Drivetrain

1981 Porsche 924 GTR Drivetrain
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Tipping the scales at just 2,050 pounds, 375 horsepower is enough to push the GTR to 60 mph in just 4.7 seconds, with a top speed of 180 mph

Powering this track-bred beast is the same 2.0-liter engine found in other 924’s, but it comes largely modified, including the addition of dry-sump lubrication. Total output sits nicely at 375 horsepower and 299 pound-feet of torque. That’s an increase of 165 horsepower over the Porsche 924 GT. Tipping the scales at just 2,050 pounds, 375 horsepower is enough to push the GTR to 60 mph in just 4.7 seconds, with a top speed of 180 mph. Both figures actually improved on cars that came with better aerodynamic enhancements, but we’ll save that conversation for another day.

Under the body, you’ll find a fully adjustable suspension system, which is perfect for customizing at any track you can think of. Stopping power is handled by four-piston, 935 calipers and 12.2-inch brake rotors. All told, the GTR is an excellent race car for its time, and I sure wish I had a chance to look at this model’s untouched engine in person. As far as this specific model goes, the car, engine, and transmission have just 68 miles on the clock – a figure that’s absolutely astounding.

Pricing

Only 17 examples of the 924 GTR were produced, so as you can imagine, pricing information is hard to come by. Reports suggest that of the 17 examples created, at least a few were offered for sale to privateers – much like the one shown here – with pricing set at $75,000 before any options, taxes, delivery, or fees. The specific example featured here is expected to sell for anywhere between $696,540 and $843,180 at current exchange rates when it goes under the hammer by Silverstone Auctions. That’s one hell of an investment return, don’t you think?

Conclusion

1981 Porsche 924 GTR Exterior
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Given the rarity of the 924 GTR, not to mention the unbelievable condition and upkeep of the specific model mentioned here, the fact that this car is literally an icon of icons doesn’t need to be said. I can’t imagine why anyone would wish to part with such a model. Moving on from that thought, it’s also a mind blower that someone has owned this thing for decades and only enjoyed driving it a handful of times. I mean, seriously... just 68 miles? That’s absolutely insane. I understand what it means to be a car collector and all, but it seems a shame to have a model such as this 924 GTR and never really play with it. Then again, I’m sure those few times it did go to the track were full of soul and emotion, among other things. With that said, we’ll be watching for the results of the auction and will update you with the end result as soon as possible.

  • Leave it
    • Rare
    • I can’t have it
    • The front window design looked better as a single-piece design

Press Release

An amazing and totally original, one owner and 109 kilometres from new Porsche 924 GTR, hidden in Japan for 30 years, will headline Silverstone Auctions’ Competition Car Sale on 28th July at the Silverstone Classic.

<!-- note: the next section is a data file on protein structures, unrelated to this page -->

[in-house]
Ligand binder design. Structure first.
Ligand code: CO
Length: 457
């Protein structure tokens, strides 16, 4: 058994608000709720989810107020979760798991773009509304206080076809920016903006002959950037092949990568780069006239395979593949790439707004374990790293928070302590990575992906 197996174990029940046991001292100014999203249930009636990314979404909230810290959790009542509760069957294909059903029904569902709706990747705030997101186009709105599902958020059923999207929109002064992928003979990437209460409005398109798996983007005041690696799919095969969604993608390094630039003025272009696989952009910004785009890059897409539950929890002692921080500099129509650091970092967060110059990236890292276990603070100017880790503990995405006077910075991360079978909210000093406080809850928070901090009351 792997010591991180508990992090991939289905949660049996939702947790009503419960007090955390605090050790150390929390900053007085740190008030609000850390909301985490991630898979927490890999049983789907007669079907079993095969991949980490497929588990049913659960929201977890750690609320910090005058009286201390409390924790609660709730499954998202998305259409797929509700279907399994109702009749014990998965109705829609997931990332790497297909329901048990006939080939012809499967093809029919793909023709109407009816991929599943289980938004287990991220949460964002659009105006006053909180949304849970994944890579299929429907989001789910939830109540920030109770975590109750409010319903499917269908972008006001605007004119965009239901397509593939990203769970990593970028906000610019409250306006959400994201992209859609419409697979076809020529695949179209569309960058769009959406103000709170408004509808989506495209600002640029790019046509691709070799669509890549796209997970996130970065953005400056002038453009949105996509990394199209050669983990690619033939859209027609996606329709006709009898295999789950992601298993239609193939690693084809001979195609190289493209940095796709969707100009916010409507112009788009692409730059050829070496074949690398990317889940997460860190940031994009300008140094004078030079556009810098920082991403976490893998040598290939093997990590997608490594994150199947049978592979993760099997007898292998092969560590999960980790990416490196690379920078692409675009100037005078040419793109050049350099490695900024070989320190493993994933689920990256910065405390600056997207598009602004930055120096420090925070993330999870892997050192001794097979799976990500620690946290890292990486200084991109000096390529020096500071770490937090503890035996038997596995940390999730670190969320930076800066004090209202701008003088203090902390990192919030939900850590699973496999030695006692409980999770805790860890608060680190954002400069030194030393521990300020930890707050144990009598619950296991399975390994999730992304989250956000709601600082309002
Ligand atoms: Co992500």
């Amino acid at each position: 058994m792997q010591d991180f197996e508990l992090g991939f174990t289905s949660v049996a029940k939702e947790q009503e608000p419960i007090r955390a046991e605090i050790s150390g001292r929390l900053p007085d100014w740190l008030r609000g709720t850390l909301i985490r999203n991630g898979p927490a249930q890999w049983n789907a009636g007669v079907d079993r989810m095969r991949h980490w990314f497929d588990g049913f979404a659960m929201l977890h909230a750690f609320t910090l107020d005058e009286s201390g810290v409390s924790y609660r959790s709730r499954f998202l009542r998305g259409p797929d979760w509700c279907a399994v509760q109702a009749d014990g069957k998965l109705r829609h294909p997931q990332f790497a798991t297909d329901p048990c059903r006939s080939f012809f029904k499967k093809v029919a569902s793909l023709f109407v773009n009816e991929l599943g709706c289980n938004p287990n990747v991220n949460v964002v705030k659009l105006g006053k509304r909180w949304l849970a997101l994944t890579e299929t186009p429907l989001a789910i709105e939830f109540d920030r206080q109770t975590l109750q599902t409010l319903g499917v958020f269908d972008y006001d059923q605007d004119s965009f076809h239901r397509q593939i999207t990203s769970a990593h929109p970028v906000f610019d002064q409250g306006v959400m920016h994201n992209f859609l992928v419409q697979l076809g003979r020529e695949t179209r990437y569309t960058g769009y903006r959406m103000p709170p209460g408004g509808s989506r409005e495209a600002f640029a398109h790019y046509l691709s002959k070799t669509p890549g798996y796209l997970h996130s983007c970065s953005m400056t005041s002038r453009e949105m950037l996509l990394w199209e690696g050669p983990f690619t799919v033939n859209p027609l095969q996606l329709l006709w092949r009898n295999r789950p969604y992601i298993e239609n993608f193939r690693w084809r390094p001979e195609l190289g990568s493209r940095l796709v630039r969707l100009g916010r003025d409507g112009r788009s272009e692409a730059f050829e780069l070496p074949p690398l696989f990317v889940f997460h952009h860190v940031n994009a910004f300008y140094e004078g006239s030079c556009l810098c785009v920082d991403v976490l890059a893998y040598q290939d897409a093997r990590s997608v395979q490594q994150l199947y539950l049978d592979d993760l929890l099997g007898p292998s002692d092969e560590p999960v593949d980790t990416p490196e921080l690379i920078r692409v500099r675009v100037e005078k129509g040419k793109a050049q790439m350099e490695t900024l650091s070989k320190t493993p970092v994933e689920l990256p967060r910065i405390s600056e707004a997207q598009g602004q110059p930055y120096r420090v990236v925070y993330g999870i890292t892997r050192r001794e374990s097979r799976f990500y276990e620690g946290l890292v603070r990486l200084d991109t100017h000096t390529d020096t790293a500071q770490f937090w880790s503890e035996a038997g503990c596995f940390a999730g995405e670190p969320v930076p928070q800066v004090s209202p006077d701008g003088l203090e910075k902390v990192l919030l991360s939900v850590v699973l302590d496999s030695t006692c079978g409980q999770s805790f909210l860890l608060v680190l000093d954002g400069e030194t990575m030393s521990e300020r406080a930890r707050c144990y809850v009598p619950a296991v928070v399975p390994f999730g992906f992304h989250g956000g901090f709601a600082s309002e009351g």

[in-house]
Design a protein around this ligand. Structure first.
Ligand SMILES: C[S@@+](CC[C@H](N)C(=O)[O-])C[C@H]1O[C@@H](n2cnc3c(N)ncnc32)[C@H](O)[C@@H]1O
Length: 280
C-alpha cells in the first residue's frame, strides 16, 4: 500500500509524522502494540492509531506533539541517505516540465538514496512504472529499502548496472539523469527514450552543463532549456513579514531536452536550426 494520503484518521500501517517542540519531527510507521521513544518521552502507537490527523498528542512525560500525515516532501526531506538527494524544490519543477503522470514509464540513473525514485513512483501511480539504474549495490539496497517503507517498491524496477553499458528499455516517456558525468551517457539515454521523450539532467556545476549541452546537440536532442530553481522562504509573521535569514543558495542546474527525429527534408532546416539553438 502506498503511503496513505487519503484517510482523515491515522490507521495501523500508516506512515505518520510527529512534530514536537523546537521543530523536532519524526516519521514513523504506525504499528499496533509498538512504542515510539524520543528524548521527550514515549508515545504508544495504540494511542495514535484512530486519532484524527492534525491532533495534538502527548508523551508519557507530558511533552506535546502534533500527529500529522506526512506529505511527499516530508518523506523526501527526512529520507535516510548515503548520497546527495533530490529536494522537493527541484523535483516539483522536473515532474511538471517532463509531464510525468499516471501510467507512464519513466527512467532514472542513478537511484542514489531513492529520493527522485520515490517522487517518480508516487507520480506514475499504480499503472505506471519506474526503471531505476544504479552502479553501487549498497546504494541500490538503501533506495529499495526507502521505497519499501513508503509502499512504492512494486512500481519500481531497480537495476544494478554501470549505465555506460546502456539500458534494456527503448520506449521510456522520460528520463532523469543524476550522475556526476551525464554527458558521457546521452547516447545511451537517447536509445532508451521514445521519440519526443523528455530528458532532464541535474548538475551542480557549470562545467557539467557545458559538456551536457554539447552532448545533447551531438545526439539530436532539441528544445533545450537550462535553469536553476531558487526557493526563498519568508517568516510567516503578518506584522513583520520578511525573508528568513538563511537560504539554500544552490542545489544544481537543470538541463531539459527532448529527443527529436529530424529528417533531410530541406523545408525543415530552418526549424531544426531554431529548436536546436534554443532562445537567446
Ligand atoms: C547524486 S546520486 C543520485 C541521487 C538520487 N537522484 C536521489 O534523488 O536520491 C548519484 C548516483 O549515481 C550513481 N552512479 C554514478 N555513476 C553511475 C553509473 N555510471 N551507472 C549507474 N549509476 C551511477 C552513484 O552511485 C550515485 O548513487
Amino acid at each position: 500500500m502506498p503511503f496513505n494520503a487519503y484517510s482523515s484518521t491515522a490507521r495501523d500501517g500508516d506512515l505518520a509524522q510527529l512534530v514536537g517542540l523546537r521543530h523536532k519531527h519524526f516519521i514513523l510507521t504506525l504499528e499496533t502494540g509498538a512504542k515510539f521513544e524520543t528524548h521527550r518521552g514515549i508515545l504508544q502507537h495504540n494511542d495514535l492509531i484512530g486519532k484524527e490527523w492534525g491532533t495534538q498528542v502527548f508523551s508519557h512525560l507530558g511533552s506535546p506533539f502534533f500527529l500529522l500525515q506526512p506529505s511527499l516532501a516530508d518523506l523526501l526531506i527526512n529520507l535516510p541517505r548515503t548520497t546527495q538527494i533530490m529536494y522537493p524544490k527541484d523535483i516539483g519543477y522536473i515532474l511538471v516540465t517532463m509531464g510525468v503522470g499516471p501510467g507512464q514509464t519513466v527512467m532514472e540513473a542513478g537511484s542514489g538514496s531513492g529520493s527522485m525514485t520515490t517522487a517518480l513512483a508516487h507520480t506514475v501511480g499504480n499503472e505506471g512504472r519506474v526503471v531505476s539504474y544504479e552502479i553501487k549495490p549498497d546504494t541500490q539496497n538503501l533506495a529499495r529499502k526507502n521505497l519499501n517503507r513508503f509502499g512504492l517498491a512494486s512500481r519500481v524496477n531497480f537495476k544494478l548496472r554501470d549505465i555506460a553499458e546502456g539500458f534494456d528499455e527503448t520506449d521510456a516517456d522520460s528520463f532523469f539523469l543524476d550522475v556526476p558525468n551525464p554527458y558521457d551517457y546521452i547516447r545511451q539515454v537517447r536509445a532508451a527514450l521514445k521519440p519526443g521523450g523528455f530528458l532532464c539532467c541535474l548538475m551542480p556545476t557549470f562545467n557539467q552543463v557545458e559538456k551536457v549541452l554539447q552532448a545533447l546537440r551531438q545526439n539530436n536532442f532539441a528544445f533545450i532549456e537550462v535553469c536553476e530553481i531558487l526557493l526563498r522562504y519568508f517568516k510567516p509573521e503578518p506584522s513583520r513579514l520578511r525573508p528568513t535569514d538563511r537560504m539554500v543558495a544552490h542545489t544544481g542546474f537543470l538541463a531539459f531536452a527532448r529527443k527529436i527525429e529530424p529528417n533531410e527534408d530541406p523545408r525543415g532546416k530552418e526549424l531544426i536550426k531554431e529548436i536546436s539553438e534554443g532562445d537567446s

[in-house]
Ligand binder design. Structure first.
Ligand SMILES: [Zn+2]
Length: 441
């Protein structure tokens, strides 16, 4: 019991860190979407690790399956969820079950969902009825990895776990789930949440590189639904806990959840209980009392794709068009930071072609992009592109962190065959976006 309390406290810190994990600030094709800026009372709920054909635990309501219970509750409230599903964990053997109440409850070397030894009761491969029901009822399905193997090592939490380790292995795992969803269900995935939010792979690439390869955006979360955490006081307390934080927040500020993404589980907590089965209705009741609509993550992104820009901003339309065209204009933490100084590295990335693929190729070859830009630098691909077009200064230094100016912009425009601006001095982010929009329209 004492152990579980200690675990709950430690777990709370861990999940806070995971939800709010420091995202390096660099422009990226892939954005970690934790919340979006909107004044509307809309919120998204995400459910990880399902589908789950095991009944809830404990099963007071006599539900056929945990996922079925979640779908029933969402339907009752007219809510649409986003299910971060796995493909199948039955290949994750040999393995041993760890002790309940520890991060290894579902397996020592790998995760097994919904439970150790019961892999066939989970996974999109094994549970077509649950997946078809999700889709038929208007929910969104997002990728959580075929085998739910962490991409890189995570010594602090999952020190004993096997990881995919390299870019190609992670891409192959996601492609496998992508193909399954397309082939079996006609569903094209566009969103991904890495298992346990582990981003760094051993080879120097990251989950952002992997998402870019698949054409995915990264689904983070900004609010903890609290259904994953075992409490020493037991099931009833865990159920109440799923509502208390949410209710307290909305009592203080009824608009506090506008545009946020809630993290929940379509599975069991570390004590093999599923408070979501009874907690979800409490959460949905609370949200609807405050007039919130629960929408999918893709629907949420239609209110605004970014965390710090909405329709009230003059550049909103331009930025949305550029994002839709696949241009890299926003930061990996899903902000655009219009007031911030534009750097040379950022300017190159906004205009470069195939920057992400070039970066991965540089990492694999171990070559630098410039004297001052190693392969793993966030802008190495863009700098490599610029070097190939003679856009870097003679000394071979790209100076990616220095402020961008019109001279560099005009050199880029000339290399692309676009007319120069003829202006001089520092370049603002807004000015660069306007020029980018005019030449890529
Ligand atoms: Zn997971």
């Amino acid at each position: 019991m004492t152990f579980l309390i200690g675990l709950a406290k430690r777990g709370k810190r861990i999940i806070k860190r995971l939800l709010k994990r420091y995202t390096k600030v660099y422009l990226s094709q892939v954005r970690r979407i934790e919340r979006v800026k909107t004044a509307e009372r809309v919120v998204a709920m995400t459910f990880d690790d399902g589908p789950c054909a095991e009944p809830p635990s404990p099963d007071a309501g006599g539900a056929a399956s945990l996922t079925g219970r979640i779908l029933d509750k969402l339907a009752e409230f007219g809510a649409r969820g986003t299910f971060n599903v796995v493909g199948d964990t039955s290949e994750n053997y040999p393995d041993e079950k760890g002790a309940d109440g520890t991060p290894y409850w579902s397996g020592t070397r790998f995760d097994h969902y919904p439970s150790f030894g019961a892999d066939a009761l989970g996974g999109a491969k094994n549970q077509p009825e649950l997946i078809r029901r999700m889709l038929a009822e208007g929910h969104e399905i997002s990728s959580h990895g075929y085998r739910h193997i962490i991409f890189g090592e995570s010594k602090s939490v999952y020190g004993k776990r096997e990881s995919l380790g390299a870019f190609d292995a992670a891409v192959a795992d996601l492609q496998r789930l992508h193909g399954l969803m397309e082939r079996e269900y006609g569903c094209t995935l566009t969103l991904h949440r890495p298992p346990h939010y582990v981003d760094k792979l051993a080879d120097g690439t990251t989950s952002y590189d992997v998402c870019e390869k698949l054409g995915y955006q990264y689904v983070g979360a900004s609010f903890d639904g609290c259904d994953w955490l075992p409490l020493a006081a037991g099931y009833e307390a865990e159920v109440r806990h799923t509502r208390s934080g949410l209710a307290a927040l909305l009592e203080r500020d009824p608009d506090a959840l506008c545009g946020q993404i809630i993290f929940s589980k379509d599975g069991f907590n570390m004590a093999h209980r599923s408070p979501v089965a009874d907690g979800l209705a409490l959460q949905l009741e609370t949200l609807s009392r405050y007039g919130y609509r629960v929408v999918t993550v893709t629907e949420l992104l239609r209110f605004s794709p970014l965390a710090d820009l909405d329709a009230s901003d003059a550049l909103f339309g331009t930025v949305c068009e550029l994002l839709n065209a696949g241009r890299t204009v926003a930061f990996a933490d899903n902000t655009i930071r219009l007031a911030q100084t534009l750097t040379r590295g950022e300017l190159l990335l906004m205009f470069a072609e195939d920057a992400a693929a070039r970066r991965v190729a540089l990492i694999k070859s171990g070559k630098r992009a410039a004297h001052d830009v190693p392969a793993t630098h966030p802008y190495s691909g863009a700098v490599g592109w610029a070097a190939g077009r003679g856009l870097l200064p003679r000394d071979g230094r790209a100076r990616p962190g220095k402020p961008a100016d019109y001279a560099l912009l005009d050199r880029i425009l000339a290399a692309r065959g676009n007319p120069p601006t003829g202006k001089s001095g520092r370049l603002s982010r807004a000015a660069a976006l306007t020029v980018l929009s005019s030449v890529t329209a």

1981 Porsche 924 GTR Exterior
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Not just any Porsche 924, this ‘ultimate’ version, a 1981 Carrera GTR, has an incredible story to tell and is by far and away the most original and untouched example of any Porsche Silverstone Auctions have ever seen. Delivered new to Japan in 1981 by Porsche importer Garage Italya, this is one of only two cars delivered to the country, with the other example used extensively for racing. In 1983, after being stored for two years, it was purchased by a Japanese businessman and classic car enthusiast who wanted to add it to his private collection.
Uniquely this factory built Porsche race car was only enjoyed a handful of times on the track at Suzuka and the Fuji Speedway. On each occasion, the fastidious Japanese owner made a record of the distance travelled at each track day. According to his records, the car covered just 109 kilometres in the first seven years of ownership, after which the 924 was carefully tucked away in his two-storey garage, with his prized Porsche ’racer’ safely in the first-floor attic space accessible by a car lift.
Removed from storage each year, the car was taken on a trailer to be serviced, brought back, and then placed back carefully in position in the garage. From 1981 to 2006 the car was serviced by Porsche specialist Tomei Car Service, then latterly by Porsche specialist Garage Tool Box. In the intervening period, the engine was started and run regularly.
It is presented today exactly as the factory built it, perhaps the most original Porsche factory race car in the world? Its authenticity is without doubt and the details even go even down to the initials on the engine management box signed by Porsche factory race technicians. Now in the UK and offered for public sale, the car joins the auction at the world’s biggest classic motor racing festival, estimated at between £475,000 and £575,000. The car comes with a Japanese title document and records of its minimal usage and extensive maintenance.

1981 Porsche 924 GTR Exterior
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Speaking ahead of the sale of the car, managing director of Silverstone Auctions, Nick Whale, said: “This fantastic car can only be described as a time capsule with everything original throughout, even down to handwritten stickers on the loom and the last two numbers of the chassis and engine number written on the ECU in marker pen! It’s a very special collector’s item that would be the icing on the cake to any serious Porsche collection.”
Just 17 examples of the 924 Carrera GTR were made available to private customers at a cost of $75,000. Benefitting from constant development, the cars were delivered from Porsche with fully integrated roll cages, fully adjustable suspension and four-piston 935 brake callipers squeezing larger 31cm discs. The engine was a highly modified version of the 2.0l motor used in all 924s, featuring dry sump lubrication, which helped it produce 375bhp. Weighing just 930 kilos, the GTR was good for 180mph and 0-60mph took 4.7 seconds.
Nick added: “It’s the 40th anniversary of the Porsche 924 this year and we’re delighted that we’re able to offer what is surely a total one-off investment opportunity and the best available example of Porsche’s ultimate and rare incarnation of the model.”